Supreme Court hears case: Is Vermont restricting drug companies' speech?
Drug companies tell the Supreme Court that by barring access to doctors' drug prescribing records, Vermont is discriminating against the firms' protected commercial speech.
The US Supreme Court on Tuesday began examining whether Vermont legislators went too far when they enacted a 2007 law designed to shield drug-prescribing records from use by pharmaceutical companies seeking to sell new drugs to the state’s doctors.
Vermont Assistant Attorney General Bridget Asay defended the statute, telling the justices it was designed to allow doctors to decide for themselves whether prescription information retained by pharmacies could be sold and used by drug companies as a marketing tool.
This is no minor side-business. Drug companies spend an estimated $8 billion a year in such marketing. It includes studying doctor-specific prescription drug data obtained from pharmacies. They then use those findings to tailor sales pitches to persuade physicians to prescribe new, more expensive, drugs for their patients. The data purchased by the drug companies do not include the identities of patients.
The 2007 law allows the prescription drug information to continue to be distributed for research and insurance verification purposes. But it barred drug companies from using the data for marketing unless the prescribing doctor had agreed beforehand to permit the marketing.
Vermont lawmakers justified the measure in part as a means to keep health-care costs down. They found that by deploying marketing teams whose job is to replace cheaper generic drugs with the more expensive products, drug companies were driving up the cost of health care.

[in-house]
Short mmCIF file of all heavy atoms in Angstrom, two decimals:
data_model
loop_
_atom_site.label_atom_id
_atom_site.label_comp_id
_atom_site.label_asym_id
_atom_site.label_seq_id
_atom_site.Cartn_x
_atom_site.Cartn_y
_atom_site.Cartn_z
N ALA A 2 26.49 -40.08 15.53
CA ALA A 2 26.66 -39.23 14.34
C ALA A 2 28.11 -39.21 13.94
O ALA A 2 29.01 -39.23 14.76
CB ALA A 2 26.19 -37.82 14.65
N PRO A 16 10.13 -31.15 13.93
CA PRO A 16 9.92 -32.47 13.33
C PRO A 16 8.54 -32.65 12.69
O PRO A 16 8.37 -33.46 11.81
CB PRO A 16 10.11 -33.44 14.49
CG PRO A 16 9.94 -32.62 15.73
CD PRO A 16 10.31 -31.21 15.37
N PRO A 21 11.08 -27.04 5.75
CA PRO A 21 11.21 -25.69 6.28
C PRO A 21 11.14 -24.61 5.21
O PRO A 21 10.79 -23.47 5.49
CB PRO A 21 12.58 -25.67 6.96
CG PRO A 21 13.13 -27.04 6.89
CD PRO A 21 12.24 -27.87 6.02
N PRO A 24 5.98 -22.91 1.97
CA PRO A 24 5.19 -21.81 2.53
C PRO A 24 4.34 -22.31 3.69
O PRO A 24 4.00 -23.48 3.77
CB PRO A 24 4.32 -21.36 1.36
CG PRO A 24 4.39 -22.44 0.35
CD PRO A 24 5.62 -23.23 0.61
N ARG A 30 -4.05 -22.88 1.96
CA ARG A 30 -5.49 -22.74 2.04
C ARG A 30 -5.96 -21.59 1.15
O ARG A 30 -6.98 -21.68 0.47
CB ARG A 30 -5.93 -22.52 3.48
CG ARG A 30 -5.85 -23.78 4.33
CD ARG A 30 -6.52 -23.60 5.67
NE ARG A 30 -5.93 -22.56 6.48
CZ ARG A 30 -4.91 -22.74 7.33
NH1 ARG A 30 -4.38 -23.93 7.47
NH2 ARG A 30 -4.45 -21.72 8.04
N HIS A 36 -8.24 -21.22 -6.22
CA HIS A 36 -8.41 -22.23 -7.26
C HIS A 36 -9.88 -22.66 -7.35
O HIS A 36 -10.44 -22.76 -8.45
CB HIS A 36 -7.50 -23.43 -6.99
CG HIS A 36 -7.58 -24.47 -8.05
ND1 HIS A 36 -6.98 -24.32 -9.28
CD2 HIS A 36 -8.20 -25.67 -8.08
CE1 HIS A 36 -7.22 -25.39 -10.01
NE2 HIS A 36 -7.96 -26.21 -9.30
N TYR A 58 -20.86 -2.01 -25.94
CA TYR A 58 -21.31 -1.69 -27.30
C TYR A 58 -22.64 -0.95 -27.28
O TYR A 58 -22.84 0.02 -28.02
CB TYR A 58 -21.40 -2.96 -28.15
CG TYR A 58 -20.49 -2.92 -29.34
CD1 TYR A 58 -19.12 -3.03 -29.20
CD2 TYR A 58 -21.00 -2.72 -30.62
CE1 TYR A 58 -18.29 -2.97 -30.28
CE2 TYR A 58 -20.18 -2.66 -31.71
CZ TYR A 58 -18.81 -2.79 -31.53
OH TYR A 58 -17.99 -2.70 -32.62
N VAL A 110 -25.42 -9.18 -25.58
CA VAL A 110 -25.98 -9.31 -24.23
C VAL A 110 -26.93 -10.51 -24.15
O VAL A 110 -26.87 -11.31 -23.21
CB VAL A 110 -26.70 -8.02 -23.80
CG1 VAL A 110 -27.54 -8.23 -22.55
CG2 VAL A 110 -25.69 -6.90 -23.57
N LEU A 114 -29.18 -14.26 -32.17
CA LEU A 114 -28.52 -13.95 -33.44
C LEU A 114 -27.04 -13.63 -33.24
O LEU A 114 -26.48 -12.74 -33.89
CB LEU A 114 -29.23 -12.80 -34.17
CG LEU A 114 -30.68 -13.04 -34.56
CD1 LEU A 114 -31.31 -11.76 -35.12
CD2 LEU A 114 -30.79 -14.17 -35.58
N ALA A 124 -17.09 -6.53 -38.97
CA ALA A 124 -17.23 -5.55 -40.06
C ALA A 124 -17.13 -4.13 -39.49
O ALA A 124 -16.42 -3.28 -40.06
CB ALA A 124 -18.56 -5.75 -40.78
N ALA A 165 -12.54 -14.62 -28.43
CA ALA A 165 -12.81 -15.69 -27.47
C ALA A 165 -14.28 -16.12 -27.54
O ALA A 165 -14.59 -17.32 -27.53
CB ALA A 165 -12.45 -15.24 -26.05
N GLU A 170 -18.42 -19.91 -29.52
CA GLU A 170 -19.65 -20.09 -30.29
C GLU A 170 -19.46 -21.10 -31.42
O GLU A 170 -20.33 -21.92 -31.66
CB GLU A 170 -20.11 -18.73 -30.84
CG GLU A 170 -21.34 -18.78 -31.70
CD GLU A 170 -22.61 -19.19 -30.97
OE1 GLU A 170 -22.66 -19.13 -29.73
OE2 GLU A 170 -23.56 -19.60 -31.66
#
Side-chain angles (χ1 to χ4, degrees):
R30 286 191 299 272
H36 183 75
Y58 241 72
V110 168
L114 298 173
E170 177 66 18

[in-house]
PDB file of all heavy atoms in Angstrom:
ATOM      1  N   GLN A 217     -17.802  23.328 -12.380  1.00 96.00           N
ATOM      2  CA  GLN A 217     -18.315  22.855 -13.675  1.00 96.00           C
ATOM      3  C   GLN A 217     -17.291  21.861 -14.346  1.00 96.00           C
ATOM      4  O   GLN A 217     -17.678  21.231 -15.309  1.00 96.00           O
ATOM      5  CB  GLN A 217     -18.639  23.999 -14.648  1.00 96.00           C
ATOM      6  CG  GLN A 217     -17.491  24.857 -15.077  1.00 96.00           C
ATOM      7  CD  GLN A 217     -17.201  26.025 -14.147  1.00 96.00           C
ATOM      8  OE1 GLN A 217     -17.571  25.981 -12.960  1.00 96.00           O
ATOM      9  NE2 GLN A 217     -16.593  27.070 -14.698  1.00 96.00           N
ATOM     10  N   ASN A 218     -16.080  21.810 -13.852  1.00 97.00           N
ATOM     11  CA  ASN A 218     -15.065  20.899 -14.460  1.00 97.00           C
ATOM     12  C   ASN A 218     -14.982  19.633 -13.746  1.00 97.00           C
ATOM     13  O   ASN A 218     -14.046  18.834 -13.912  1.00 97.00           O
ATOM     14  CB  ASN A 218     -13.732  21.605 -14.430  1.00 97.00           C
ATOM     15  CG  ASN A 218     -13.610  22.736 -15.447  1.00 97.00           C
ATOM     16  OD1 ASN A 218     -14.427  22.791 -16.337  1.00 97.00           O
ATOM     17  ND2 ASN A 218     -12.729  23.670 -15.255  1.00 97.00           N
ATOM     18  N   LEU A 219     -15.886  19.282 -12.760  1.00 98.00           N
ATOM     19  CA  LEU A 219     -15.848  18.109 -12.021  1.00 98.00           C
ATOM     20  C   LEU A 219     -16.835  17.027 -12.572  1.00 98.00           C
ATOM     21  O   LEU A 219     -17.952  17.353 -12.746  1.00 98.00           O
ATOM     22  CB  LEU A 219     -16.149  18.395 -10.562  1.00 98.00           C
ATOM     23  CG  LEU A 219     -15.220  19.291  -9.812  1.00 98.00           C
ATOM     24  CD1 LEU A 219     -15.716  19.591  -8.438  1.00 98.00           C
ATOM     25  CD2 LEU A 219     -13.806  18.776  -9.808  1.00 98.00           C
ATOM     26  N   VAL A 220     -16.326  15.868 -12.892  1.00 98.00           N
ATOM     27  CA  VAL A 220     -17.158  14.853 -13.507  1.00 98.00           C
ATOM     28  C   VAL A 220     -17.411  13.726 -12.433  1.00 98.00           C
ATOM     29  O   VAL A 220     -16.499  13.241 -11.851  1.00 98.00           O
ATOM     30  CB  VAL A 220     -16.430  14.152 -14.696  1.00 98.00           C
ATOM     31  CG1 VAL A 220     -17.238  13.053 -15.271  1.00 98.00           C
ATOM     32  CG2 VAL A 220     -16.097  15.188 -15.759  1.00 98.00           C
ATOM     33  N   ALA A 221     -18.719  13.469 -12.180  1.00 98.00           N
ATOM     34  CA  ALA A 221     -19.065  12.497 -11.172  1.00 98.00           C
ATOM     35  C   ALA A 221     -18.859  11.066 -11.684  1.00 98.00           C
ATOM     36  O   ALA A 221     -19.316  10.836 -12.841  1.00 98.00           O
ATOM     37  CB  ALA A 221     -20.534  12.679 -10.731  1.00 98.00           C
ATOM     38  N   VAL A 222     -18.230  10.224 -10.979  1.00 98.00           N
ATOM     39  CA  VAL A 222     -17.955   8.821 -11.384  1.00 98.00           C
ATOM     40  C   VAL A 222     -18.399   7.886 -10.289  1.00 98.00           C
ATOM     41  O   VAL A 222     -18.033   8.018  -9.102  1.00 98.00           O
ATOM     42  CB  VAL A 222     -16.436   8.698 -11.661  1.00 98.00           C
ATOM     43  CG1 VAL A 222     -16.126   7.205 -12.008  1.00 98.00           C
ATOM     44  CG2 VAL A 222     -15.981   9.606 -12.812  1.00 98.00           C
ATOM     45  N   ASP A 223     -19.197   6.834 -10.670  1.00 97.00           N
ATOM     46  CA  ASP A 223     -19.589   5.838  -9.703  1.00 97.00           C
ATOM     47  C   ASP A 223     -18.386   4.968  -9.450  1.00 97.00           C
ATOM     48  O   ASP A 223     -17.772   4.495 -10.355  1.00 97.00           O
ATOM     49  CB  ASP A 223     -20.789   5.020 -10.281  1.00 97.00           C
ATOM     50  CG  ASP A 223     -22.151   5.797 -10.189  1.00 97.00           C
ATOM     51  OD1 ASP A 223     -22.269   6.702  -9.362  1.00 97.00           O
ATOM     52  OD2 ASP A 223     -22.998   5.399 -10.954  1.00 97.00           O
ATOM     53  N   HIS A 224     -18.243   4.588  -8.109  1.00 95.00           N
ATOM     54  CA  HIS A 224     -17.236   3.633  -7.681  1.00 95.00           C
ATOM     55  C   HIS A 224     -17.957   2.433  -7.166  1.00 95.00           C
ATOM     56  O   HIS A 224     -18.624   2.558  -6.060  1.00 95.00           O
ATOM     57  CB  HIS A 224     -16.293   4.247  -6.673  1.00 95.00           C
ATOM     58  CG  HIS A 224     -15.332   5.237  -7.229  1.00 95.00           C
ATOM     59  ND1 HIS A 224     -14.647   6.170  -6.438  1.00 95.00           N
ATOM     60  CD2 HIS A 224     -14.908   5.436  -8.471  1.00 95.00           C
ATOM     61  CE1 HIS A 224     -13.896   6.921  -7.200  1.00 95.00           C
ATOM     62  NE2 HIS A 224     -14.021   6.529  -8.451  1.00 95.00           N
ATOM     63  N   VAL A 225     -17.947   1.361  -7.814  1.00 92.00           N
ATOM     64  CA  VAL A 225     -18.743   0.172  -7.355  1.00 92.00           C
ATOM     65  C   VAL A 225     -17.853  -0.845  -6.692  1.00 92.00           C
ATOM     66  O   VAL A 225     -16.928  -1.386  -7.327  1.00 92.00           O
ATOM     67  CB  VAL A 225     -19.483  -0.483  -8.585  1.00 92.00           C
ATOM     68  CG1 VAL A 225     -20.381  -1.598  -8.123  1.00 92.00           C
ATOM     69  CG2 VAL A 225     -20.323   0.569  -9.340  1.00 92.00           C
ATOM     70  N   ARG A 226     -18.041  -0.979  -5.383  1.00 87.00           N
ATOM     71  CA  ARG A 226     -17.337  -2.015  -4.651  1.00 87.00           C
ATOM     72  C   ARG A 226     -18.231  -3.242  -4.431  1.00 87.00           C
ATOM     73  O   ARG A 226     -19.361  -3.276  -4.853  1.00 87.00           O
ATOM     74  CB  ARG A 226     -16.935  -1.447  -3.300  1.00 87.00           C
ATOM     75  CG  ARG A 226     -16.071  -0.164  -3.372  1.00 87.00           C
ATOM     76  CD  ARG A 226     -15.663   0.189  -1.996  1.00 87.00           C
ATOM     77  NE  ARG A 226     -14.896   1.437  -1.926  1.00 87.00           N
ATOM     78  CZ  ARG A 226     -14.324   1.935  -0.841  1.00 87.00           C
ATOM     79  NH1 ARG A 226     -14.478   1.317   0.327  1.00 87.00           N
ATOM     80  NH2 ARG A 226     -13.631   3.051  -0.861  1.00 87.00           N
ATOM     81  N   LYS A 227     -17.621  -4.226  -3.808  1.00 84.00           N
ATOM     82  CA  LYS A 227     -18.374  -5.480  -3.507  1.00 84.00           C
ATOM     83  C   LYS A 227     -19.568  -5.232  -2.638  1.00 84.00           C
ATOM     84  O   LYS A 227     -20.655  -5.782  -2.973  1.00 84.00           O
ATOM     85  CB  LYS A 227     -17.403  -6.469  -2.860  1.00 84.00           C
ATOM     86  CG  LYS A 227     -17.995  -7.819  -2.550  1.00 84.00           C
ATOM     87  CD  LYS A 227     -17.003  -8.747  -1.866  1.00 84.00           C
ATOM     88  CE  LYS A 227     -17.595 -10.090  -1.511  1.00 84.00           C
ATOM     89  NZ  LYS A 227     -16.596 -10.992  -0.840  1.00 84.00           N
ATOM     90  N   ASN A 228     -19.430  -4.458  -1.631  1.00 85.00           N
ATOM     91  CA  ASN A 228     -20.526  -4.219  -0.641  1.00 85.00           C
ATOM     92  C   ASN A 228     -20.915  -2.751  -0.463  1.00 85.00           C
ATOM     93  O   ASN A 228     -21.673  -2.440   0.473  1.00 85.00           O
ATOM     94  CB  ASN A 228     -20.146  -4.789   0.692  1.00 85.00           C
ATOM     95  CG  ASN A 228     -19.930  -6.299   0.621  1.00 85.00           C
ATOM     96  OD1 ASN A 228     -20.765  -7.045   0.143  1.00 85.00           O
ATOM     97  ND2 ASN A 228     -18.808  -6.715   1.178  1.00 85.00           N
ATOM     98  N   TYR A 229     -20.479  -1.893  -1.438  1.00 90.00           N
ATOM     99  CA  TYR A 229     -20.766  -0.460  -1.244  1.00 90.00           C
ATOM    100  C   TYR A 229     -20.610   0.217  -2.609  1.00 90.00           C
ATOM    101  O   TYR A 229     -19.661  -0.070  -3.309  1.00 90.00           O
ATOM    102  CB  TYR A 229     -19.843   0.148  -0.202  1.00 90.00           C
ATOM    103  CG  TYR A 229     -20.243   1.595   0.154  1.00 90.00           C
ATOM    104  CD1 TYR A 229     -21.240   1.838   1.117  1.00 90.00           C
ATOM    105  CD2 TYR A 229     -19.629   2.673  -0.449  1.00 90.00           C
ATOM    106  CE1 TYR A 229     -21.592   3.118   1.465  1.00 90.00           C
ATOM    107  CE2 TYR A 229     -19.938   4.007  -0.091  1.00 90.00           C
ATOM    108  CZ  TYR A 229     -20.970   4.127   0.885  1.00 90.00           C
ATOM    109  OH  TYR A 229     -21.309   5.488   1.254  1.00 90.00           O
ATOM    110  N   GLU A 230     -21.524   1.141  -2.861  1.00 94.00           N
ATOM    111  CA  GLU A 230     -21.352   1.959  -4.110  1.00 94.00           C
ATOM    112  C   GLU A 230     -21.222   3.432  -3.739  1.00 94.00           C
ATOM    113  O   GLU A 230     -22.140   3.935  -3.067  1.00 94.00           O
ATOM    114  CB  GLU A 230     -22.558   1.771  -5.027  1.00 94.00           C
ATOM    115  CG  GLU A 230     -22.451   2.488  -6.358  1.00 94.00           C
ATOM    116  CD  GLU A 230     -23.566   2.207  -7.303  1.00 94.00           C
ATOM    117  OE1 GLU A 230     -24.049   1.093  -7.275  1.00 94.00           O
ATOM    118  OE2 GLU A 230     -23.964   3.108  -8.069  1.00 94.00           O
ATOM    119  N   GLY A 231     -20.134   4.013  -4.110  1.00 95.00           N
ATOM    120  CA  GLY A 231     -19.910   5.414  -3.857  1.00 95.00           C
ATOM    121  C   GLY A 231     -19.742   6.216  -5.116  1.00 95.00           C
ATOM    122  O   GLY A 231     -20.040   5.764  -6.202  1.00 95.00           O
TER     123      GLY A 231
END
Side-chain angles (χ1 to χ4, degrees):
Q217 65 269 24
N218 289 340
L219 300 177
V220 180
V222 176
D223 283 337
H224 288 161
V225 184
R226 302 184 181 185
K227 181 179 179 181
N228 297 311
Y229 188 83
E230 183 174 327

Discrimination by Vermont
A Washington lawyer representing the pharmaceutical industry, Thomas Goldstein, told the justices Tuesday that the measure amounted to discrimination by the State of Vermont against the constitutionally protected commercial speech of drug companies.
He said the companies were engaged in truthful and accurate speech about life-saving medicines.
He urged the high court to strike the statute down as a violation of free speech protections of the First Amendment.
“The way the First Amendment works in the marketplace of ideas is that both sides get to tell their story,” Mr. Goldstein said.
“If the message is accurate,” he added, “the drug companies can go make their pitch. Vermont can come along and make the opposite pitch. So can insurance companies.”
“But what you can't do is have a rule that says one side is going to have a much harder time getting to their audience,” Goldstein said.
Several justices appeared sympathetic to the argument.
“You want to lower your health-care costs not by direct regulation but by … censoring what they can hear to make sure they don’t have full information [about new drugs],” Chief Justice John Roberts told Vermont’s lawyer, Ms. Asay.
“The statute does not limit the information doctors receive,” Asay responded. Drug companies may still contact the physician and deliver a sales pitch, just not the targeted pitch from the analyzed prescription data.
'Restricting access to information'
“You are making it more difficult for them to speak by restricting access to information that would enable their speech to be most effective,” Justice Antonin Scalia said.
Asay said the drug makers have no right to demand a doctor’s prescription information without first obtaining that doctor’s consent.
“But you are making a judgment about whether or not their speech will be more effective or not,” Chief Justice Roberts said. “Don’t you think they’re the ones who are entitled to make that judgment?”
Deputy Solicitor General Edwin Kneedler argued in support of the Vermont law. He said the measure protects important interests in physicians maintaining autonomy over data reflecting his or her history of prescribing medications.
'Put the physician ... on equal footing'
“Prior to the time this statute was enacted, the pharmacy had complete control of the disposition of that information,” he said. “What this statute does is put the physician, the prescriber, on equal footing with respect to the pharmacy.”
He said the Vermont law is similar to consumer efforts to block receipt of unwanted junk mail and telemarketing calls. But the Vermont law is more limited, he said.
The case is Sorrell v. IMS Health Inc. (10-779). A decision is expected by the end of June.